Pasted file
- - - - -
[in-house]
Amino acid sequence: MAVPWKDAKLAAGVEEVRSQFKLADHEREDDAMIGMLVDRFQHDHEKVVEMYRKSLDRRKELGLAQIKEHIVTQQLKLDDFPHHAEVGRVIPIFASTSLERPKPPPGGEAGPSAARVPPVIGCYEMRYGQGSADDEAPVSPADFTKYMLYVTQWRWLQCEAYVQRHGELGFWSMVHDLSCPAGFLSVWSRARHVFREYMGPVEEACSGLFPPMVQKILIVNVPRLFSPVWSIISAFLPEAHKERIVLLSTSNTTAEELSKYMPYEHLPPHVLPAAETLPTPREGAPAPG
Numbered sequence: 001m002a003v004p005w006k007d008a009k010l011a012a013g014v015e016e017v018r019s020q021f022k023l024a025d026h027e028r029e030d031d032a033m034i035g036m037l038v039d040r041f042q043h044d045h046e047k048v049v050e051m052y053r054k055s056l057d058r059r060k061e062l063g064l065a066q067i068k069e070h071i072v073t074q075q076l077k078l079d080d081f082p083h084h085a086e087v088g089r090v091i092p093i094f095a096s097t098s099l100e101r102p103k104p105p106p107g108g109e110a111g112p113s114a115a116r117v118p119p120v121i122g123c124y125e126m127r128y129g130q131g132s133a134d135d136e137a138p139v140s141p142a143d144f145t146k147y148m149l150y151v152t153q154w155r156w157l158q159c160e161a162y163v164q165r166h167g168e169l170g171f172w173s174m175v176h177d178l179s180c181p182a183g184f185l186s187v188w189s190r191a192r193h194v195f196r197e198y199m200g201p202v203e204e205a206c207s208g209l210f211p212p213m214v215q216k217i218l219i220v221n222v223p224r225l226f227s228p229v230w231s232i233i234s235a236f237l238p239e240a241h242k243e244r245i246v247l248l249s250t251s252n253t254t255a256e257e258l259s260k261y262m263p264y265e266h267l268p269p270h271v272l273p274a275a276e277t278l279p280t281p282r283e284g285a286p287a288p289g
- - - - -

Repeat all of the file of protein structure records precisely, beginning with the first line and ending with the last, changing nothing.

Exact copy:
[in-house]
Amino acid sequence: MAVPWKDAKLAAGVEEVRSQFKLADHEREDDAMIGMLVDRFQHDHEKVVEMYRKSLDRRKELGLAQIKEHIVTQQLKLDDFPHHAEVGRVIPIFASTSLERPKPPPGGEAGPSAARVPPVIGCYEMRYGQGSADDEAPVSPADFTKYMLYVTQWRWLQCEAYVQRHGELGFWSMVHDLSCPAGFLSVWSRARHVFREYMGPVEEACSGLFPPMVQKILIVNVPRLFSPVWSIISAFLPEAHKERIVLLSTSNTTAEELSKYMPYEHLPPHVLPAAETLPTPREGAPAPG
Numbered sequence: 001m002a003v004p005w006k007d008a009k010l011a012a013g014v015e016e017v018r019s020q021f022k023l024a025d026h027e028r029e030d031d032a033m034i035g036m037l038v039d040r041f042q043h044d045h046e047k048v049v050e051m052y053r054k055s056l057d058r059r060k061e062l063g064l065a066q067i068k069e070h071i072v073t074q075q076l077k078l079d080d081f082p083h084h085a086e087v088g089r090v091i092p093i094f095a096s097t098s099l100e101r102p103k104p105p106p107g108g109e110a111g112p113s114a115a116r117v118p119p120v121i122g123c124y125e126m127r128y129g130q131g132s133a134d135d136e137a138p139v140s141p142a143d144f145t146k147y148m149l150y151v152t153q154w155r156w157l158q159c160e161a162y163v164q165r166h167g168e169l170g171f172w173s174m175v176h177d178l179s180c181p182a183g184f185l186s187v188w189s190r191a192r193h194v195f196r197e198y199m200g201p202v203e204e205a206c207s208g209l210f211p212p213m214v215q216k217i218l219i220v221n222v223p224r225l226f227s228p229v230w231s232i233i234s235a236f237l238p239e240a241h242k243e244r245i246v247l248l249s250t251s252n253t254t255a256e257e258l259s260k261y262m263p264y265e266h267l268p269p270h271v272l273p274a275a276e277t278l279p280t281p282r283e284g285a286p287a288p289g